One of the most amazing things about salvation is that it comes about through the call of God, and that call is irrevocable.
Paul clearly illustrates this through Israel. He talked about how Israel had hardened their hearts to God despite all he had said and done. He then asks,
Did God reject his people? (11:1a)
By no means! I am an Israelite myself, a descendant of Abraham, from the tribe of Benjamin. (11:1b)
In other words, how can you say God has rejected the Jews when I myself, a Jew, have been saved?
He then says something interesting.
God did not reject his people, whom he foreknew. (11:2)
Paul’s saying here, “There’s no way you can say God has rejected his people because he chose them knowing full well that many would harden their hearts against him. That many would reject him. And that many would crucify his Son.”
It’s not as if God said, “Whoa, I didn’t see that coming. I guess I have to reject them now.”
Rather, he knew beforehand that though many would reject him, nevertheless, there would always be those who were his. How could he know this? Because he had chosen them before creation to be saved. As God told Elijah when Elijah complained he was the only one following God,
I have reserved for myself seven thousand who have not bowed the knee to Baal. (11:4)
And Paul says of the Jews of his day too,
So too, at the present time there is a remnant chosen by grace. (5)
Paul then reveals the plan of salvation God had made from the very beginning. That the Jews would reject their Messiah, and so the gospel would be taken to the whole world, and many would receive it and become God’s children. Then the Jews would see this and be filled with longing for that kind of relationship. They would remember that God had initially chosen them for that kind of relationship. They would then become angry at themselves for throwing away what had been theirs and would turn to God, and they too would be saved. In fact, it seems the day will come when all Jews will come to recognize Jesus as Messiah and be saved (11:26-27).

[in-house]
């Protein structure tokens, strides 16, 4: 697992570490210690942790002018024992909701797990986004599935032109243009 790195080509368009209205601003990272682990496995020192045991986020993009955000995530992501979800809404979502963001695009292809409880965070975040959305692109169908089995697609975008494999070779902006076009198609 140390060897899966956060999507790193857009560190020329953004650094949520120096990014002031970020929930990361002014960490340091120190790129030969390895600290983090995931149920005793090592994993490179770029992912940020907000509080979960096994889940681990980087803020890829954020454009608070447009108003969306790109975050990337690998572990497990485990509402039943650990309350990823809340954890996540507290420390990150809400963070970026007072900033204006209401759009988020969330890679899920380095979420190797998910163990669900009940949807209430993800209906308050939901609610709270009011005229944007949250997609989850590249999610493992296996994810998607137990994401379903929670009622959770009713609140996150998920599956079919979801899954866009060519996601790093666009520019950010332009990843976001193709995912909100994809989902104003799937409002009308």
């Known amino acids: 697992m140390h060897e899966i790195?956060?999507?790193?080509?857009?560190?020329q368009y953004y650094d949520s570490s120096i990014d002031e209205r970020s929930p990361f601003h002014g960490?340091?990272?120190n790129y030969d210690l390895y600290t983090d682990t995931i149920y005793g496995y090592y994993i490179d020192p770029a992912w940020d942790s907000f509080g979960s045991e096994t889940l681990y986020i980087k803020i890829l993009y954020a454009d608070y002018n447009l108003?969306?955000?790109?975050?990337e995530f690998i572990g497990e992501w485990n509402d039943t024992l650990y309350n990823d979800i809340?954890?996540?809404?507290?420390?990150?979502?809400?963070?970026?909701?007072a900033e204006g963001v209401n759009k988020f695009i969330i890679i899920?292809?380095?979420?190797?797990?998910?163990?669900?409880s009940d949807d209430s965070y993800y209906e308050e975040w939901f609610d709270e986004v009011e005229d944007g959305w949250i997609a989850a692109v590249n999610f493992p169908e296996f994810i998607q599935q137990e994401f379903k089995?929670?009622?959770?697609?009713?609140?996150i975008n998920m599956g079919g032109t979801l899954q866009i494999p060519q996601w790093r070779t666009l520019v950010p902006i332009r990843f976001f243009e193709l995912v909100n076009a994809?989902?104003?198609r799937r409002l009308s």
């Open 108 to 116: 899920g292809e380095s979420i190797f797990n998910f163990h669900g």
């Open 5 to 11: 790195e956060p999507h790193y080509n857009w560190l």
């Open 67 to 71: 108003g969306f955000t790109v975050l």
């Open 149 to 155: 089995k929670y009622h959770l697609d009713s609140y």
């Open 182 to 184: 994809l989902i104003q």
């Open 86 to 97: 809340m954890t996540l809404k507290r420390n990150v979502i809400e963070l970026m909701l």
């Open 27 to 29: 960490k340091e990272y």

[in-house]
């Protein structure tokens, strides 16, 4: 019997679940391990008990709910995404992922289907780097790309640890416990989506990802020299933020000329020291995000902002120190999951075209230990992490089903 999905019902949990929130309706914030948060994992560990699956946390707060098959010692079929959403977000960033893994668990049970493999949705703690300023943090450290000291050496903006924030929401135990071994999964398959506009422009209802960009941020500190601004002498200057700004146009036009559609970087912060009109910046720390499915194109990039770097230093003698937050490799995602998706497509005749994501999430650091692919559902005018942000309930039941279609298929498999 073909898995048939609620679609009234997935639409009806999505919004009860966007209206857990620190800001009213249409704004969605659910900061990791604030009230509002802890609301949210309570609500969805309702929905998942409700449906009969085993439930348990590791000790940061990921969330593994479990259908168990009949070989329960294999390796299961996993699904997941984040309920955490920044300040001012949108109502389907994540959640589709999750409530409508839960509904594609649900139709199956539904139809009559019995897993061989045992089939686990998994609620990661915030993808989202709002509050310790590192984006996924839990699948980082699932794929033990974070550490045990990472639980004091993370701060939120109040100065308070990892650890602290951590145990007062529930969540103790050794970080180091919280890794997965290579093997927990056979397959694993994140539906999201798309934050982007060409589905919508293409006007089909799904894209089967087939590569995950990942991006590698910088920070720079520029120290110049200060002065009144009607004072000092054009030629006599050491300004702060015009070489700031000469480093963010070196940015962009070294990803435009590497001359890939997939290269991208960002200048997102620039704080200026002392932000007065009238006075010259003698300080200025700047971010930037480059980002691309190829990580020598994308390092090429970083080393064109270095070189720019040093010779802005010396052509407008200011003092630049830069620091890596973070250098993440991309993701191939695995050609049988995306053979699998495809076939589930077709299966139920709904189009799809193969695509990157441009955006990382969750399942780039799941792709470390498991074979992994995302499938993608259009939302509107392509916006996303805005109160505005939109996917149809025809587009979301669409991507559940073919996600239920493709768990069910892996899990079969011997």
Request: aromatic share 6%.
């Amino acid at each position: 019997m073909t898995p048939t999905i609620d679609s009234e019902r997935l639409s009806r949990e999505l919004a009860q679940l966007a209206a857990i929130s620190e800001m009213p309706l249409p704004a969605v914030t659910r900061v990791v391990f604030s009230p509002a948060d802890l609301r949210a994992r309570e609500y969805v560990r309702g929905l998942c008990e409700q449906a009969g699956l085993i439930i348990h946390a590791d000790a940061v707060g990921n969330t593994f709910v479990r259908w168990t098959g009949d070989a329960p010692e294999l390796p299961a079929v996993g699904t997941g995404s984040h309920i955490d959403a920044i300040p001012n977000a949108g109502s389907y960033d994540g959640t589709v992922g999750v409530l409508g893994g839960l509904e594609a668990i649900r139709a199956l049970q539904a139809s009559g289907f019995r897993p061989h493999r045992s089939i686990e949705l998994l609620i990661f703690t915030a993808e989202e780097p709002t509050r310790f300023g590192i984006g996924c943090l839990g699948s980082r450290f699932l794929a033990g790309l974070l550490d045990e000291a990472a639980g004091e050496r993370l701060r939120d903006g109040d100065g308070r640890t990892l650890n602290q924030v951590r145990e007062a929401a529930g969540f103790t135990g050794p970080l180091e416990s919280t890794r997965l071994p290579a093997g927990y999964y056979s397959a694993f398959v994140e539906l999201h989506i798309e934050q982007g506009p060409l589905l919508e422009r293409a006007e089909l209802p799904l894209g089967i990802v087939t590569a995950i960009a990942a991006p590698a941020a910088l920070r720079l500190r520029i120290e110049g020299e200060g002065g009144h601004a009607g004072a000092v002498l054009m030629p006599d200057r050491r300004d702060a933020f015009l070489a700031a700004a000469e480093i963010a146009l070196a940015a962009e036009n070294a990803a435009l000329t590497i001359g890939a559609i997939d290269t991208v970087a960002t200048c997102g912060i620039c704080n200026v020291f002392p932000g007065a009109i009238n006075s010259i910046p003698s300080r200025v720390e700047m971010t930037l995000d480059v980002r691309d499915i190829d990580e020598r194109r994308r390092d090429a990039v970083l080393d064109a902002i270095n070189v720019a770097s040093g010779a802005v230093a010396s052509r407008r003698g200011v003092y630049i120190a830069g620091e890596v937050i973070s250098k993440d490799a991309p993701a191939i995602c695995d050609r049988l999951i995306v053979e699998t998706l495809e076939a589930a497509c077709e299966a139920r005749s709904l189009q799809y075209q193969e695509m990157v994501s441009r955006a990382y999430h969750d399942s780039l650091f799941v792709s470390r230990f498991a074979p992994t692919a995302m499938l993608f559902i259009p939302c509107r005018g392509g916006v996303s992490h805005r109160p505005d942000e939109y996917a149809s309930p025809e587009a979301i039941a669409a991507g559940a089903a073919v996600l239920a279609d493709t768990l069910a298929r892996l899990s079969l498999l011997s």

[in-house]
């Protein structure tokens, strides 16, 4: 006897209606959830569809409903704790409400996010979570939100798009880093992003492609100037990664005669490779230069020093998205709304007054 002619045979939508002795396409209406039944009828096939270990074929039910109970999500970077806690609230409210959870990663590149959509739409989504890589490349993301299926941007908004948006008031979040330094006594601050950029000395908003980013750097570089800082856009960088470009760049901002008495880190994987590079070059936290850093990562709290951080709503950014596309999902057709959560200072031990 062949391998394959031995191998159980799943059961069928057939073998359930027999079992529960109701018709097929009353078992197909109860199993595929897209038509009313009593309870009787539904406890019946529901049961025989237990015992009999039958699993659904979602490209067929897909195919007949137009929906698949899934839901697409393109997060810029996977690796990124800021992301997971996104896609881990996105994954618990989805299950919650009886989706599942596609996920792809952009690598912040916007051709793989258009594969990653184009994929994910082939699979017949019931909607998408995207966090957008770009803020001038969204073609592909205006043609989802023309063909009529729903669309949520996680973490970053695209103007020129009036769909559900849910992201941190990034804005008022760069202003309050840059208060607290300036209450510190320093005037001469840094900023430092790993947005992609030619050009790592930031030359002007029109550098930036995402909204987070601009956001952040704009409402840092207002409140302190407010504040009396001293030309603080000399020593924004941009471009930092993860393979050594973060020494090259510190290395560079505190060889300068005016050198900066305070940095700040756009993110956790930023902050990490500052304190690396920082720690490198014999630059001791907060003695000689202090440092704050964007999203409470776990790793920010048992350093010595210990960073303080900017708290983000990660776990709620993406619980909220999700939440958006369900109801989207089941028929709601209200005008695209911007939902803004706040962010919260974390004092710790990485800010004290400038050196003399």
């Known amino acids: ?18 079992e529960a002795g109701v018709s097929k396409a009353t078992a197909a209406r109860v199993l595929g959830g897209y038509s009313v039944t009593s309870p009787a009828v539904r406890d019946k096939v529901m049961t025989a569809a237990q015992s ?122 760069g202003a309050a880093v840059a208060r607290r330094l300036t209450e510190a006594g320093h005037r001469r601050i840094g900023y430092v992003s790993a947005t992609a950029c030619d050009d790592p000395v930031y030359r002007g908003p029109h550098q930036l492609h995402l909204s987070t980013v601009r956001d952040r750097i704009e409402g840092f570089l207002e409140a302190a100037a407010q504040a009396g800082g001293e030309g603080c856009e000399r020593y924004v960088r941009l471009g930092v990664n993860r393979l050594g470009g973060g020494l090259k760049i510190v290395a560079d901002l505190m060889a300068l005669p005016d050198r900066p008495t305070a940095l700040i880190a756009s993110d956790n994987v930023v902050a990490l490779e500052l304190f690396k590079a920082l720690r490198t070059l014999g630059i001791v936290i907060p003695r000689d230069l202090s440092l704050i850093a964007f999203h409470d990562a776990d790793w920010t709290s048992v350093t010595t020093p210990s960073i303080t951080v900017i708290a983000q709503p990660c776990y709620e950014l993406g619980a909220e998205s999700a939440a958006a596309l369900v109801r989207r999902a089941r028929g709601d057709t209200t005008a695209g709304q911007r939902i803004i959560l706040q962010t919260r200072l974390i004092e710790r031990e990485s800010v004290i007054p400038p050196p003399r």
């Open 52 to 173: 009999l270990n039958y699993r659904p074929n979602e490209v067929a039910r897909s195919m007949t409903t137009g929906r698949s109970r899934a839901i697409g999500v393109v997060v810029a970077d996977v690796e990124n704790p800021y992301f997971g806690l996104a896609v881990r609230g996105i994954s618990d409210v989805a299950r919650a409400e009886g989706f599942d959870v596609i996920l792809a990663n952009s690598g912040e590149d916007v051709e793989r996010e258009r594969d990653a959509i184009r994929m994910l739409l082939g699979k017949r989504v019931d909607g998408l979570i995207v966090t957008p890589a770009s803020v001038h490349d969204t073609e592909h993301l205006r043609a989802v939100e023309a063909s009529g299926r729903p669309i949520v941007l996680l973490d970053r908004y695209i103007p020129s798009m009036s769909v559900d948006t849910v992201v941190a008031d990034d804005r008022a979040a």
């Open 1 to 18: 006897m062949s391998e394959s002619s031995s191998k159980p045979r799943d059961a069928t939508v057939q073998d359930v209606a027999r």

Paul then reminds us,
As far as the gospel is concerned, they are enemies on your account; but as far as election is concerned, they are loved on account of the patriarchs. (11:28)
In other words, the Jews were persecuting the Christians for following Christ. But God still loved the Jews and was planning to save them. Why? Because of what they had done? No. Because he had set his love upon them for the sake of Abraham, Isaac, and Jacob. More, God made his promises to them, and he will never break them.
That’s why Paul could say,
For God’s gifts and his call are irrevocable. (11:29)
The good news for us? His gifts and his call on us are irrevocable too. He knew us before we were born. He knew what doubts we’d have. He knew what failures we’d have. And he chose us anyway.
So let us never fear that God will reject us because of our doubts and failures. As with Israel, his call on us is irrevocable. And as Paul said in another letter, what God has started, he will complete. (Philippians 1:6)